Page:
Explore legal research trends | Learn critical research skills | Network | Visit exhibits | Meet the experts
Registration & Basics
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Register now for the Legal Research Institute 2019: Discover New Worlds of Legal Research
When: October 11, 2019 from 8:30 AM to 4:45 PM
Where: Westminster Hall, University of Maryland Francis King Carey School of Law, 519 W. Fayette Street Baltimore, MD 21201
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Keynote Speaker: Michelle Wu
Michelle Wu is the Associate Dean for Library Services and Professor of Law at Georgetown University Law Center, where she has also served as the Interim Associate Dean for Administration & Finance and Head of Law Center Human Resources. Before joining the law faculty in 2010, she wore several hats at Hofstra University School of Law including, Associate Dean for Information Services, Director of the Law Library Professor of Law, and interim senior vice dean for academic affairs. Michelle has also worked at the George Washington University Law School and the University of Houston Law Center in positions ranging from government documents librarian to computer services librarian to Interim Director. While at Houston, she oversaw the disaster recovery process following Tropical Storm Allison, including projects to renovate the library, rebuild the collection, and restructure services.
She has served as chair of the AALS Committee on Libraries and Technology, the chair of ALL-SIS, vice-president of LLSDC and the editor of the CRIVSheet. She teaches, publishes, and speaks in the areas of copyright, intellectual property licensing, and information management.
We are delighted to have Michelle share her reflections on what she has learned as a Library Director (and as a Law Librarian generally), as well as her thoughts on the future of law libraries and our need to adapt and evolve to stay ahead of emerging trends like about big data, artificial intelligence, robotics, etc. that will inevitably impact the legal research landscape.
Gain insightful, practical, and efficient strategies for anticipating trends and performing basic to advanced legal research delivered along three tracks to match your level of experience in the field.
Learn the basics of finding legal information-best free sources, legal forms and fundamental terminology.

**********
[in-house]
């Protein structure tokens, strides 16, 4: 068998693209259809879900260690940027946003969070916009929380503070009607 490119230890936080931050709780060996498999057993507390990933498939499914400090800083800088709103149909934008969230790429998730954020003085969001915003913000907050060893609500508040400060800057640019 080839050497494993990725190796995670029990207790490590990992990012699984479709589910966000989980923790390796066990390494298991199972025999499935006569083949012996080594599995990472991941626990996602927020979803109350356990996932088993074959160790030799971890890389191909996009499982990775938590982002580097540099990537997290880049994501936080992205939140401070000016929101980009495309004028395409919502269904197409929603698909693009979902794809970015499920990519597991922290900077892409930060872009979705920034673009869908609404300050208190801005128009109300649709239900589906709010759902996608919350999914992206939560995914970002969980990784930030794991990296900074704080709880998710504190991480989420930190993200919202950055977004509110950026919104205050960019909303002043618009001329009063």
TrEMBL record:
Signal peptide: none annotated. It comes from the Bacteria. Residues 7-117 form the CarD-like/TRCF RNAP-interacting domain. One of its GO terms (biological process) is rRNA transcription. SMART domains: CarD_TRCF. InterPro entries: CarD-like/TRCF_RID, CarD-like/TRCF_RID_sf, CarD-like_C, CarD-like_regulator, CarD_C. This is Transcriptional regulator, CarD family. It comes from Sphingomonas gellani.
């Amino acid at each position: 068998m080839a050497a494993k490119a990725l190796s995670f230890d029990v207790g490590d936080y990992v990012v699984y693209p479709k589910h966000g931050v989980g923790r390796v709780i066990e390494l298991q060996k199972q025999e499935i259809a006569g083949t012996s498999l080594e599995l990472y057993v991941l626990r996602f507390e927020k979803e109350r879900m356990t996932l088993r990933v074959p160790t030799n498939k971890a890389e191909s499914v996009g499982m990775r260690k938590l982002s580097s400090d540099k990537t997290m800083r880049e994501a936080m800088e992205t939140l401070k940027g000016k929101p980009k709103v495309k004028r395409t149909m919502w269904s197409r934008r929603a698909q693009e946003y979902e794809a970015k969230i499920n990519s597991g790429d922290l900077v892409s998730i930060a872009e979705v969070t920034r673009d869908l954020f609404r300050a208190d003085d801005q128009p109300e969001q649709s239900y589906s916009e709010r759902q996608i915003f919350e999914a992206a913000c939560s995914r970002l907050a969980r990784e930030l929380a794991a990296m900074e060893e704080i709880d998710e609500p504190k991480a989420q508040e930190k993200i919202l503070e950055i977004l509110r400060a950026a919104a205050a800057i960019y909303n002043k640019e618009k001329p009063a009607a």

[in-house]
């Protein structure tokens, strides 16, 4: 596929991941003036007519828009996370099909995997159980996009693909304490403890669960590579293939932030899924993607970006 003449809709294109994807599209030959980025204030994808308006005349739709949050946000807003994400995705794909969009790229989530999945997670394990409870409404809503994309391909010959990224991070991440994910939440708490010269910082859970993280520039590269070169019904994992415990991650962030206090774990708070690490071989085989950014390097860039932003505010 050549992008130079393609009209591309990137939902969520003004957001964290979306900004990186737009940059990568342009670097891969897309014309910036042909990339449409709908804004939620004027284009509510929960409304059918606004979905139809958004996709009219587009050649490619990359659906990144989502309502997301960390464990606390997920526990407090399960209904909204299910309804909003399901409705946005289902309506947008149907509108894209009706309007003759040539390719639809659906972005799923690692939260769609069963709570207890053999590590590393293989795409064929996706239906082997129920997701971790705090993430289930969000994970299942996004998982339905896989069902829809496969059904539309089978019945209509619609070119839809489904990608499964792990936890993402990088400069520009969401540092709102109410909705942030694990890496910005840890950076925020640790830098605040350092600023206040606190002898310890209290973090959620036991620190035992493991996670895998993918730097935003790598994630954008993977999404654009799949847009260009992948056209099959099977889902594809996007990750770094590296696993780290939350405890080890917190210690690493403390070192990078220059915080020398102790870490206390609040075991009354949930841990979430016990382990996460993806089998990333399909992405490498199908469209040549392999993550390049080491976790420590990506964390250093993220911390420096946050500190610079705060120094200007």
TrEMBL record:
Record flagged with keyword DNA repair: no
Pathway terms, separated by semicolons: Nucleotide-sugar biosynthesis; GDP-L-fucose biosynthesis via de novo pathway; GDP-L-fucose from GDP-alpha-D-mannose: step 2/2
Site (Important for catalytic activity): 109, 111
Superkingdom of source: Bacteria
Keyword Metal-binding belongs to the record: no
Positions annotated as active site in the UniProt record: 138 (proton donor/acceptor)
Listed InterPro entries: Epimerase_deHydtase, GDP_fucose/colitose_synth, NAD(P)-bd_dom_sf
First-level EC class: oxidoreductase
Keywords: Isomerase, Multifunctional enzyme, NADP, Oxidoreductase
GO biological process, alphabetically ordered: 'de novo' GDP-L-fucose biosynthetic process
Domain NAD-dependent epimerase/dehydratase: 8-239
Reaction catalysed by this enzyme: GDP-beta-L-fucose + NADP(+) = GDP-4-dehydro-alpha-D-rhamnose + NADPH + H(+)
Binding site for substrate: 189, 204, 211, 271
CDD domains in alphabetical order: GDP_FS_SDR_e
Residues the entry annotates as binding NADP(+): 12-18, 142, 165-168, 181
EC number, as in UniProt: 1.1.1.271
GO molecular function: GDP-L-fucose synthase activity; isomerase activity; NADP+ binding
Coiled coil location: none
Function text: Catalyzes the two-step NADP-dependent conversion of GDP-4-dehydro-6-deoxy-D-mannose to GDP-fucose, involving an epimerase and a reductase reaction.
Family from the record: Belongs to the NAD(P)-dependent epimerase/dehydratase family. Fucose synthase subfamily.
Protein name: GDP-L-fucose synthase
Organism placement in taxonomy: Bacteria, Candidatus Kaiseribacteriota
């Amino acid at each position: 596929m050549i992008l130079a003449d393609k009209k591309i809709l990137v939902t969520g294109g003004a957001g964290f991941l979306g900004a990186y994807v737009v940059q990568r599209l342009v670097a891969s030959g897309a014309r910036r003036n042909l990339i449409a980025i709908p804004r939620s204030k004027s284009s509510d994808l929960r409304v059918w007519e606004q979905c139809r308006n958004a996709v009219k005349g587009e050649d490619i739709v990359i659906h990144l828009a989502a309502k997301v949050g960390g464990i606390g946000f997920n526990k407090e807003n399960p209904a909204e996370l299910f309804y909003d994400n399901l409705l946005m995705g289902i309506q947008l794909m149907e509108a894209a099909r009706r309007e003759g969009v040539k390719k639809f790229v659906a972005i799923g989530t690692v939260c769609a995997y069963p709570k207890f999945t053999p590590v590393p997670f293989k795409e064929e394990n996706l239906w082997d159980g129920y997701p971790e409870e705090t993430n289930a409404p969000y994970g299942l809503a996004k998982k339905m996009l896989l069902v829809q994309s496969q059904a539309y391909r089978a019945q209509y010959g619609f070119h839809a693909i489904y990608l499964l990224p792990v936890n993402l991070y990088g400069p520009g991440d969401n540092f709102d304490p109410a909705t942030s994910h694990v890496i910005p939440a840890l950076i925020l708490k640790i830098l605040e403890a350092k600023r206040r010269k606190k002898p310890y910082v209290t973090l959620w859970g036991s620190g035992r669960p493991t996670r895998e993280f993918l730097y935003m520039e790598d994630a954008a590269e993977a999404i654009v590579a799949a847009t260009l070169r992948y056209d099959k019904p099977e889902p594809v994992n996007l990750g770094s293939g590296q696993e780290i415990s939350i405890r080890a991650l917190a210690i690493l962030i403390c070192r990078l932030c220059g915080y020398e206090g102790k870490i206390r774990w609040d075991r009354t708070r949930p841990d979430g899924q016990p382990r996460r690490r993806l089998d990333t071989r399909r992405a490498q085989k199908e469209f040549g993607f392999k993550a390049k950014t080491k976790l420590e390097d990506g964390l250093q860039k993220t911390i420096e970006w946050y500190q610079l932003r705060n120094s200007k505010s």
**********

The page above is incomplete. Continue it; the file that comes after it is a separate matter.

Introduction to Legal Research in Maryland – Honorable Danielle M. Mosley (10:30 a.m. – 12:00 p.m. )
This program will introduce basic concepts and sources for researching Maryland laws, including an overview of the Maryland legal system, primary and secondary authority sources, and legal reasoning. The goal is for participants to develop a basic approach to legal research. If you are new to the world of Maryland legal research, this program will prepare you to begin performing research using legal resources.
The Honorable Danielle M. Mosley is currently an associate judge on the District Court for Anne Arundel County. She was appointed on December 14, 2005. Judge Mosley is a current member on the Court of Appeals of Maryland Standing Committee on Rules of Practice and Procedure. Since fall 2008, Judge Mosley has served as an adjunct Professor with the Anne Arundel Community College.
Prior to her appointment, she was an assistant state’s attorney with the Office of the State’s Attorney for Anne Arundel County. During her tenure with the office she served as the Chief of the Glen Burnie District Court Office. Besides being a prosecutor, Judge Mosley has also worked in private practice as an associate with the Law firm of Alexander and Cleaver, Fort Washington, Maryland and a staff attorney with the Office of the Inspector General, United States Postal Service. Judge Mosley has worked as a law clerk in private practice, and clerked for the Honorable Warren B. Duckett, Jr., in the Circuit Court for Anne Arundel County. Further, Judge Mosley is currently a member of the Anne Arundel County Bar Association, she served as a member of the Board of Trustees, the President of the Association from May 2009-May 2010.
She earned a Bachelor of Arts degree in International Relations from the University of Virginia in 1989, and earned her law degree from Washington and Lee University, School of Law in 1992. She resides in Annapolis, Maryland.
Forms! Forms! Forms! – Mary Jo Lazun (1:15 p.m. – 2:15 p.m.)
This introductory program to forms and templates will walk participants through the different types of legal forms (e.g., court forms, templates for court documents, legal documents not filed with the court). After reviewing the resources available online and in print, there will be hands-on exercises with the Maryland Courts’ standardized forms.
For the past two years, Mary Jo Lazun has been the solo law librarian at the Charles County Public Law Library after working nearly a decade at the Maryland State Law Library. Previously, she worked at Towson University as their Electronic Services Librarian and was also one of the first webmasters in the Federal government. Mary Jo received her MLS from the University of Maryland and has also completed a paralegal certificate program. Mary Jo’s first career was as a high school history teacher. She still loves teaching and has taught legal research classes for the Maryland Judiciary and public librarians and was adjunct faculty with the Legal Studies program at Anne Arundel Community College where she taught online legal research.